The next 12 months will represent a sea change in investor attitudes towards responsible investing, the chief executive of one of the world's largest asset managers said.
"I think 2021 is going to be the year where the tide turns," Ronald O'Hanley, chairman and chief executive of State Street Corporation said at the Future Investment Initiative conference in Riyadh on Wednesday evening.
"The investors want this ... they recognise that it needs to be part of their investment risk framework. And what they're looking for is the measurement infrastructure, the projects, the products," said Mr O'Hanley, whose US-based company is the world's third-largest money manager, with $3.5 trillion of assets under management as of December 31.
"So I think you'll go from a sense of maybe a few years ago that there's not enough money interested in this, to there's plenty of money interested in it."
Investors are becoming more discerning about whether the projects they are offered are the right investments and if they actually achieve the benefits expected, Mr O'Hanley said.
ESG investing is growing in significance. According to the Forum for Sustainable and Responsible Investment, the amount of US-domiciled assets under management using sustainable investing strategies grew to $17.1tn at the beginning of last year, up from $12tn in 2018. They now account for about one-third of assets under professional management in the country.
The amount of sustainable debt – green bonds and loans – issued last year grew to $732.1bn, a 29 per cent year-on-year increase, according to BloombergNEF.
The main issue faced by the industry remains one of standards. A plethora of benchmarks have been developed by different bodies over the years, all of which use their own definitions. Efforts are being made by a number of bodies to harmonise terms, with the European Union currently drawing up its own taxonomy and the World Economic Forum this week stating that 61 companies employing more than seven million people had signed up to its set of metrics.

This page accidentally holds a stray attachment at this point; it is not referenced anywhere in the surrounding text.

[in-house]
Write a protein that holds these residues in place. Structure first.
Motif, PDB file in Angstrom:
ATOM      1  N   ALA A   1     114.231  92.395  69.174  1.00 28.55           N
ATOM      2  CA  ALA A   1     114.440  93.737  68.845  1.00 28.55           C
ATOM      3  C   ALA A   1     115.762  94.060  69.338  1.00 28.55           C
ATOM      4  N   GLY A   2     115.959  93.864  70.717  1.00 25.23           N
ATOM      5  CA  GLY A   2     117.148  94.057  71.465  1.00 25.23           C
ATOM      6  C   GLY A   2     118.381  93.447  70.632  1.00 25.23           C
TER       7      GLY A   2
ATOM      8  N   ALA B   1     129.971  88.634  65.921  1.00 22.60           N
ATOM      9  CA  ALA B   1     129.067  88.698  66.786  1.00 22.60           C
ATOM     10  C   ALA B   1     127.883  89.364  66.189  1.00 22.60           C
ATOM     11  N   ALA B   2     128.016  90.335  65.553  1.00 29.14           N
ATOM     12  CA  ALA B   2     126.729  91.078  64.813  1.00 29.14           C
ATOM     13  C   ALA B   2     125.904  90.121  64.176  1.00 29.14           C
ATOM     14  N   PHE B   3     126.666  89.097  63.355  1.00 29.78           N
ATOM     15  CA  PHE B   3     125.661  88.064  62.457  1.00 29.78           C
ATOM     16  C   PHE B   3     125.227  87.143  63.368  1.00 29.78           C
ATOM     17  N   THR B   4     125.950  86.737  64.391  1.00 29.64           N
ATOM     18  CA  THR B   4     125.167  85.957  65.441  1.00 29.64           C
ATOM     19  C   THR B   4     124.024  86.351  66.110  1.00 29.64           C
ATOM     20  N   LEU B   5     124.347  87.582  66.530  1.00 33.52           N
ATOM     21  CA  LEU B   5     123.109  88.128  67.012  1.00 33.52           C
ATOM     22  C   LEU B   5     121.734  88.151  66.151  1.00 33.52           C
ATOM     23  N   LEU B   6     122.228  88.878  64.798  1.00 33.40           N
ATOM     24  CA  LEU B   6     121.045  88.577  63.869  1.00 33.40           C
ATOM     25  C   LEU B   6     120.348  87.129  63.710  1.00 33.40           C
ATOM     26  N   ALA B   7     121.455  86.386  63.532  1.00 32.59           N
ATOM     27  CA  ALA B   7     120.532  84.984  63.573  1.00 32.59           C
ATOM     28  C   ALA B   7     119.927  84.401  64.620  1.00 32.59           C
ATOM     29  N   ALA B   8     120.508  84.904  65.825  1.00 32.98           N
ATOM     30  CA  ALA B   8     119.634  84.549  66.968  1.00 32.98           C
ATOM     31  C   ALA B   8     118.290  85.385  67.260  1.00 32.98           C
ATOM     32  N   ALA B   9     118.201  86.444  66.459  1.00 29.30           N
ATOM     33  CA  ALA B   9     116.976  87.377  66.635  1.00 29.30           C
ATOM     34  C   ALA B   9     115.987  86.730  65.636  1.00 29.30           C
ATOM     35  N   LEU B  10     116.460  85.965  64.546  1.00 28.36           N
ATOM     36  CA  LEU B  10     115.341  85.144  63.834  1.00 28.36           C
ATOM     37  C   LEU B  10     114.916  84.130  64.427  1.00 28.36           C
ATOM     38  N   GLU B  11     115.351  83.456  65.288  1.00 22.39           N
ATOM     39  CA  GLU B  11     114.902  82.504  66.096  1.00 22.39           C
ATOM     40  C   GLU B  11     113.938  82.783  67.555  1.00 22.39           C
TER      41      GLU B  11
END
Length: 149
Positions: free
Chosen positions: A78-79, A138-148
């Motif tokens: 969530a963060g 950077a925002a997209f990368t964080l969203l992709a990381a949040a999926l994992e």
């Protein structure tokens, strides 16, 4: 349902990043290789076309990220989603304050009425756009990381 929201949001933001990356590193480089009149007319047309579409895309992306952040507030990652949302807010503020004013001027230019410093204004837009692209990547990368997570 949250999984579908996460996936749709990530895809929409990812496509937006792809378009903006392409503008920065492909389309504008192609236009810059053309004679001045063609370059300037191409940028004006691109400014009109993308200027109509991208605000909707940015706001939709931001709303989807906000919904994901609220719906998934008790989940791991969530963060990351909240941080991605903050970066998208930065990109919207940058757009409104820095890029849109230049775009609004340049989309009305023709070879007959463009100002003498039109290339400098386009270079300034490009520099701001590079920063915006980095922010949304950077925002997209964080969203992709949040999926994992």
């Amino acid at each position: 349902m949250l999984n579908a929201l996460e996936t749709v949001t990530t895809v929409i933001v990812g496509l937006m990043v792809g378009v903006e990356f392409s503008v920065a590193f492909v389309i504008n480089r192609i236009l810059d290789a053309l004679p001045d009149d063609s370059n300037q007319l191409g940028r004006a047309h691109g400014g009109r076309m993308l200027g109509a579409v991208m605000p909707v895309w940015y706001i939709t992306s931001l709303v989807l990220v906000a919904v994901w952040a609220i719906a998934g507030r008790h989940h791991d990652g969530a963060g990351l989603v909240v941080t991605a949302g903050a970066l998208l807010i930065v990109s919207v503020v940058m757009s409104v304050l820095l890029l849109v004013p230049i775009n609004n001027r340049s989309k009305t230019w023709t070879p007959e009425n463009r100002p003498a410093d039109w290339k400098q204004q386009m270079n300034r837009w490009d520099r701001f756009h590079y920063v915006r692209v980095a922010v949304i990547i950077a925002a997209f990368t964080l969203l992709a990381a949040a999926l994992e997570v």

"There are a lot of efforts to really try to bring ESG standards and taxonomy into a more standard kind-of state," Adena Friedman, the president and chief executive of Nasdaq, said. Giving investors a common method for measuring investments and companies a common way to report "would be the best thing that we could do for the future of ESG investing," she said.
The IFRS Foundation, the non-profit body that looks to set global accounting standards, recently held a consultation on developing global sustainability rules, which is "worth paying attention to", London Stock Exchange Group's chief executive, David Schwimmer said, particularly because of the role it already plays in global governance and its links to securities regulators.
"I think it's really important to achieve this kind of global consensus. It would be great to have alignment on a global framework," Mr Schwimmer said.
Speaking on a separate panel, Sarah Al Suhaimi, chairwoman of Saudi Arabia's stock market, Tadawul, said the bourse is working on its own set of guidelines.
"ESG is on top of our list. We are working right now on developing our own ESG standard for our listed companies to comply with. We see the demand on this increasing from local and international investors."
There is a "growing ambition around the world to take more action to address climate change, to put more capital to work to address climate change", Mr Schwimmer said.
"We're seeing it from market participants, we're seeing it from regulators, we're seeing it from politicians. We're seeing the assets under management growing in Asia Pacific, the US and EMEA."